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Ann Otol Rhinol Laryngol. 1995 Jul;104(7):574-81.

Facial nerve paralysis induced by herpes simplex virus in mice: an animal model of acute and transient facial paralysis.

Author information

1
Department of Otolaryngology, Ehime University School of Medicine, Japan.

Abstract

We have been the first to succeed in producing an acute and transient facial paralysis simulating Bell's palsy, by inoculating herpes simplex virus into the auricles or tongues of mice. The KOS strain of the virus was injected into the auricle of 104 mice and the anterior two thirds of the tongue in 30 mice. Facial paralysis developed between 6 and 9 days after virus inoculation, continued for 3 to 7 days, and then recovered spontaneously. The animals were painlessly sacrificed between 6 and 20 days after inoculation for histopathologic and immunocytochemical study. Histopathologically, severe nerve swelling, inflammatory cell infiltration, and vacuolar degeneration were manifested in the affected facial nerve and nuclei. Herpes simplex virus antigens were also detected in the facial nerve, geniculate ganglion, and facial nerve nucleus. The pathophysiologic mechanisms of the facial paralysis are discussed in light of the histopathologic findings, in association with the causation of Bell's palsy.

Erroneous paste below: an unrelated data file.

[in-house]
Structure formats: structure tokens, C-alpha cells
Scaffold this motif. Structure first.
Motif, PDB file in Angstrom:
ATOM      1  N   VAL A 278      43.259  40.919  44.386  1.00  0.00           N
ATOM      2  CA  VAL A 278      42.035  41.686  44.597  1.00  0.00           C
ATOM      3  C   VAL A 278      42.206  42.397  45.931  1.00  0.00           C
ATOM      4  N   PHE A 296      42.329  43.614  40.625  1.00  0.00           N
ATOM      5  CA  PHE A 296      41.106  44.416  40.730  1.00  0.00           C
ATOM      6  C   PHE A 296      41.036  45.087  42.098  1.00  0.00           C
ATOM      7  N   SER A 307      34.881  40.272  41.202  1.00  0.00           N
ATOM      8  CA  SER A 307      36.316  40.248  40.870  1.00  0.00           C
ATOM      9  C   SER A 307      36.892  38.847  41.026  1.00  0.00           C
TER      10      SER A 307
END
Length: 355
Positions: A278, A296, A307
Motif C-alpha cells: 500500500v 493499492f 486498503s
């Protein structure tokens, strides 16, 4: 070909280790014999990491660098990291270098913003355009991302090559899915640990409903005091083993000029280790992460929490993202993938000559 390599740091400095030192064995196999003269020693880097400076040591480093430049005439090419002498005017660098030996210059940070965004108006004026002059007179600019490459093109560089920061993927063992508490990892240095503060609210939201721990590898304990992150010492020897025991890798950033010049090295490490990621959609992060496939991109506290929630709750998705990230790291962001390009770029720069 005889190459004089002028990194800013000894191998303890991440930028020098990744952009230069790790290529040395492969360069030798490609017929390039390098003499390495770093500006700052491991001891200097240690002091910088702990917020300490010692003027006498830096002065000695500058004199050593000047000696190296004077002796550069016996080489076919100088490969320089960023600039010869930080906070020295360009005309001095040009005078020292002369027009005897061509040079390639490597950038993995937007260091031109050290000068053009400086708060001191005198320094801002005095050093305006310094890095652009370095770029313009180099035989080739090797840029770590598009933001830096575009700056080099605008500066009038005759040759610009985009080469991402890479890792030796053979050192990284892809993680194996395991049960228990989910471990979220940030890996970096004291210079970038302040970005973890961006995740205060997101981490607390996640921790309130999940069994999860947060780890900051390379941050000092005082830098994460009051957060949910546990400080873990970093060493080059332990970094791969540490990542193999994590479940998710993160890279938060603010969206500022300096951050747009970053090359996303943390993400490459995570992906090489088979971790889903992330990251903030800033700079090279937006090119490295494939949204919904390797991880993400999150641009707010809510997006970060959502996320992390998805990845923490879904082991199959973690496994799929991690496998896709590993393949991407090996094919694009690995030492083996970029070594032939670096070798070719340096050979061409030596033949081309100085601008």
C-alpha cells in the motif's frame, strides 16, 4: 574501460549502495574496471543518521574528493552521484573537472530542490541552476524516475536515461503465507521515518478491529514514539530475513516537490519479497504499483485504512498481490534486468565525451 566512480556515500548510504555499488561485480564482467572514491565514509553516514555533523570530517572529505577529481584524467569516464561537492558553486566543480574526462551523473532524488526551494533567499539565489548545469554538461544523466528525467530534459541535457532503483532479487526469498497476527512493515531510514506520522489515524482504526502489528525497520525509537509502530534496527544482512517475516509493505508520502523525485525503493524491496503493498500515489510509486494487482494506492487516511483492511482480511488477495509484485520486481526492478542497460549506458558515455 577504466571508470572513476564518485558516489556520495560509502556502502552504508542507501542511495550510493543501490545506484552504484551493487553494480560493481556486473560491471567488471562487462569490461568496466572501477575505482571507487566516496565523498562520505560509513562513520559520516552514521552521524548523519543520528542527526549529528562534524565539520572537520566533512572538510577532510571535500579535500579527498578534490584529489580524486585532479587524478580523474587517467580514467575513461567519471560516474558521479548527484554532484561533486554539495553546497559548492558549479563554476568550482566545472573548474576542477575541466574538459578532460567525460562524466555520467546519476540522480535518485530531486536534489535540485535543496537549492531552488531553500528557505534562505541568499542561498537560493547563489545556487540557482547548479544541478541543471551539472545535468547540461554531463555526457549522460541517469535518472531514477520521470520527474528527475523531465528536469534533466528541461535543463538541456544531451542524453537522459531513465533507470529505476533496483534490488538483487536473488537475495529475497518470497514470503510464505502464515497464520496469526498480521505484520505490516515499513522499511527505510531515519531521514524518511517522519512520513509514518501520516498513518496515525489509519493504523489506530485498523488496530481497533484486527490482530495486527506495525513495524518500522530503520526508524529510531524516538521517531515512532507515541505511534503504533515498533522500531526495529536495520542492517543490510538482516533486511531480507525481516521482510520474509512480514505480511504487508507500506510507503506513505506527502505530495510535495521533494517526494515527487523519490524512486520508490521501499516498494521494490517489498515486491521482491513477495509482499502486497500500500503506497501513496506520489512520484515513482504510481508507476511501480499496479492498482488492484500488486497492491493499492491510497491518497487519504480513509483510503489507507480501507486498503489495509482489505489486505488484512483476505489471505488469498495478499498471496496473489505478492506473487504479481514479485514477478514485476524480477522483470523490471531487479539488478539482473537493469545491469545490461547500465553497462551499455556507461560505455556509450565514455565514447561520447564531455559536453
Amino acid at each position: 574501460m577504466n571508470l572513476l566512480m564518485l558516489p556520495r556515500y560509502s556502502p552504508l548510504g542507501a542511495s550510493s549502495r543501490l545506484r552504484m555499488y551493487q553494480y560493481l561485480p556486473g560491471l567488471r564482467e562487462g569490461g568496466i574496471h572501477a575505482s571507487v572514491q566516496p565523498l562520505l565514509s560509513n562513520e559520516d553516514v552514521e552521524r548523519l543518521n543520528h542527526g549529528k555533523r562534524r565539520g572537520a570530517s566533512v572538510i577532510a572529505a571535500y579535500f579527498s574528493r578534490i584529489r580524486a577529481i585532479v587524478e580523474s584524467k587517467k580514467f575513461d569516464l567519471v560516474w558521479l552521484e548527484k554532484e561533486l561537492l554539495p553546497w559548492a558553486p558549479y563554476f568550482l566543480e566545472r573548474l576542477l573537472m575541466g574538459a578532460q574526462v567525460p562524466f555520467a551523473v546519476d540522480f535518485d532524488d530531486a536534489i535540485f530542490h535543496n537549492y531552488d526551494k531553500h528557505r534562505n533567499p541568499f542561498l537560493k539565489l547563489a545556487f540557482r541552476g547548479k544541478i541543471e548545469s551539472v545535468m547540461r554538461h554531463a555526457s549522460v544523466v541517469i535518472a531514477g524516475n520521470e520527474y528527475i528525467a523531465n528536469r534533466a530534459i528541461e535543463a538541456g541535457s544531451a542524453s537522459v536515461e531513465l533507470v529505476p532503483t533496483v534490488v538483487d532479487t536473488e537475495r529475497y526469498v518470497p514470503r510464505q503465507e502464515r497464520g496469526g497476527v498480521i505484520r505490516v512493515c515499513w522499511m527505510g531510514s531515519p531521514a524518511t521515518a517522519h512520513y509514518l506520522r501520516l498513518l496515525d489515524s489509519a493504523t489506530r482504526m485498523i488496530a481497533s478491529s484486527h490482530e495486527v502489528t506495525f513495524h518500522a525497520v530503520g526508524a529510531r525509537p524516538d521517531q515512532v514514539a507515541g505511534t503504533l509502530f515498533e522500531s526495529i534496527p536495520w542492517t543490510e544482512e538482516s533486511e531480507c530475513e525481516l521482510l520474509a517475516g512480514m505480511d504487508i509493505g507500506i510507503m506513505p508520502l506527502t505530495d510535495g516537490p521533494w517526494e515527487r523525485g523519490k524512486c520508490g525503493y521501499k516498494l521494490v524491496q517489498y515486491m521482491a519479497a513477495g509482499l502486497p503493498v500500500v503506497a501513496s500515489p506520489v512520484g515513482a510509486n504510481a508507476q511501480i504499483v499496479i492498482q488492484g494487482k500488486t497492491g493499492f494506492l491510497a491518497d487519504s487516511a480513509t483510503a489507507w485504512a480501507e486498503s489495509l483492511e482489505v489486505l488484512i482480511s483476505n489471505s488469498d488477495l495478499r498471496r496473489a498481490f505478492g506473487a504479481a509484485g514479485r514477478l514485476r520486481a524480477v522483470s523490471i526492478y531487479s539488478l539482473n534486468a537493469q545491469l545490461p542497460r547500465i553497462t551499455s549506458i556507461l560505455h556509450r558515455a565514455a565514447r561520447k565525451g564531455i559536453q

PMID:
7598372
DOI:
10.1177/000348949510400713
[Indexed for MEDLINE]

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